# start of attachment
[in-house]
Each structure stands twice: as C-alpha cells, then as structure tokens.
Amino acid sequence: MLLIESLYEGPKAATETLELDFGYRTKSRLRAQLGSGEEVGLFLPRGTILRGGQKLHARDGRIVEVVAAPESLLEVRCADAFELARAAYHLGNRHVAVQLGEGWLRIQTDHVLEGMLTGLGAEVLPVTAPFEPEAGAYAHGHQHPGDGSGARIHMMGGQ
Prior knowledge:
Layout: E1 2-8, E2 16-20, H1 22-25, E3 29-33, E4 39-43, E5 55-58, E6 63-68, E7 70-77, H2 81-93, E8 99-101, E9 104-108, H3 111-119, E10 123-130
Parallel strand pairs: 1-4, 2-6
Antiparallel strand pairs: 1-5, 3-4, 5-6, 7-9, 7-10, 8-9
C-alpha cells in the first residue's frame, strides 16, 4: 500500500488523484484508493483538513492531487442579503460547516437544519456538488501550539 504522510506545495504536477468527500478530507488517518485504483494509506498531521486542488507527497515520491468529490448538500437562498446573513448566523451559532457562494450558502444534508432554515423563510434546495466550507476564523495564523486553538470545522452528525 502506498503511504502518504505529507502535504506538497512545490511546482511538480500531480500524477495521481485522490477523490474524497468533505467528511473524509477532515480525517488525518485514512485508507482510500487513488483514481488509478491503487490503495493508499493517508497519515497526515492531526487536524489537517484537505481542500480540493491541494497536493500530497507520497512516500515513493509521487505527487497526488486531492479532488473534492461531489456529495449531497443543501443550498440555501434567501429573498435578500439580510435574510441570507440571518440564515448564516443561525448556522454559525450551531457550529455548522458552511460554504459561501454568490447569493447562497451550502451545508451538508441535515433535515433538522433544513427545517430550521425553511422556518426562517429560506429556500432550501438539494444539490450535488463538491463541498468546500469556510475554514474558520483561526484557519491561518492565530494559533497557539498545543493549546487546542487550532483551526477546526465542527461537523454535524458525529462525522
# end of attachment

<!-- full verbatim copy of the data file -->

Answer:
[in-house]
Each structure stands twice: as C-alpha cells, then as structure tokens.
Amino acid sequence: MLLIESLYEGPKAATETLELDFGYRTKSRLRAQLGSGEEVGLFLPRGTILRGGQKLHARDGRIVEVVAAPESLLEVRCADAFELARAAYHLGNRHVAVQLGEGWLRIQTDHVLEGMLTGLGAEVLPVTAPFEPEAGAYAHGHQHPGDGSGARIHMMGGQ
Prior knowledge:
Layout: E1 2-8, E2 16-20, H1 22-25, E3 29-33, E4 39-43, E5 55-58, E6 63-68, E7 70-77, H2 81-93, E8 99-101, E9 104-108, H3 111-119, E10 123-130
Parallel strand pairs: 1-4, 2-6
Antiparallel strand pairs: 1-5, 3-4, 5-6, 7-9, 7-10, 8-9
C-alpha cells in the first residue's frame, strides 16, 4: 500500500488523484484508493483538513492531487442579503460547516437544519456538488501550539 504522510506545495504536477468527500478530507488517518485504483494509506498531521486542488507527497515520491468529490448538500437562498446573513448566523451559532457562494450558502444534508432554515423563510434546495466550507476564523495564523486553538470545522452528525 502506498503511504502518504505529507502535504506538497512545490511546482511538480500531480500524477495521481485522490477523490474524497468533505467528511473524509477532515480525517488525518485514512485508507482510500487513488483514481488509478491503487490503495493508499493517508497519515497526515492531526487536524489537517484537505481542500480540493491541494497536493500530497507520497512516500515513493509521487505527487497526488486531492479532488473534492461531489456529495449531497443543501443550498440555501434567501429573498435578500439580510435574510441570507440571518440564515448564516443561525448556522454559525450551531457550529455548522458552511460554504459561501454568490447569493447562497451550502451545508451538508441535515433535515433538522433544513427545517430550521425553511422556518426562517429560506429556500432550501438539494444539490450535488463538491463541498468546500469556510475554514474558520483561526484557519491561518492565530494559533497557539498545543493549546487546542487550532483551526477546526465542527461537523454535524458525529462525522